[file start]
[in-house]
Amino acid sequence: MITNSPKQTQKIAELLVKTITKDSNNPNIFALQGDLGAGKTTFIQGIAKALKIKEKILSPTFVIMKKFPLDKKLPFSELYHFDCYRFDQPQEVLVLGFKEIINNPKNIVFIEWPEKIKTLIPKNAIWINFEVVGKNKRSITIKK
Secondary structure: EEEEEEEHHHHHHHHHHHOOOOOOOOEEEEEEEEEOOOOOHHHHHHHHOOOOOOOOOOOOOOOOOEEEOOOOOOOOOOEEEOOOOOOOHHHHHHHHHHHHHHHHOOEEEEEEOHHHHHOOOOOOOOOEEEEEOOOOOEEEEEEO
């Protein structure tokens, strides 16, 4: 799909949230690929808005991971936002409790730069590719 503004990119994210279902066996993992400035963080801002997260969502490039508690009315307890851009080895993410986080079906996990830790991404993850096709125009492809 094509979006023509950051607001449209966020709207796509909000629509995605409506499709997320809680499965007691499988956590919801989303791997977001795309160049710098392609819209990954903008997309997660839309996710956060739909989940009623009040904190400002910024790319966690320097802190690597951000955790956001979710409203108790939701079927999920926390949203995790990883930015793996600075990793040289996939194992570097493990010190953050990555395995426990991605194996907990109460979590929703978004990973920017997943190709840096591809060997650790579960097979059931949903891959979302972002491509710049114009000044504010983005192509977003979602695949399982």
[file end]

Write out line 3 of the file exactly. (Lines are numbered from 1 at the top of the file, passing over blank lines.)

Secondary structure: EEEEEEEHHHHHHHHHHHOOOOOOOOEEEEEEEEEOOOOOHHHHHHHHOOOOOOOOOOOOOOOOOEEEOOOOOOOOOOEEEOOOOOOOHHHHHHHHHHHHHHHHOOEEEEEEOHHHHHOOOOOOOOOEEEEEOOOOOEEEEEEO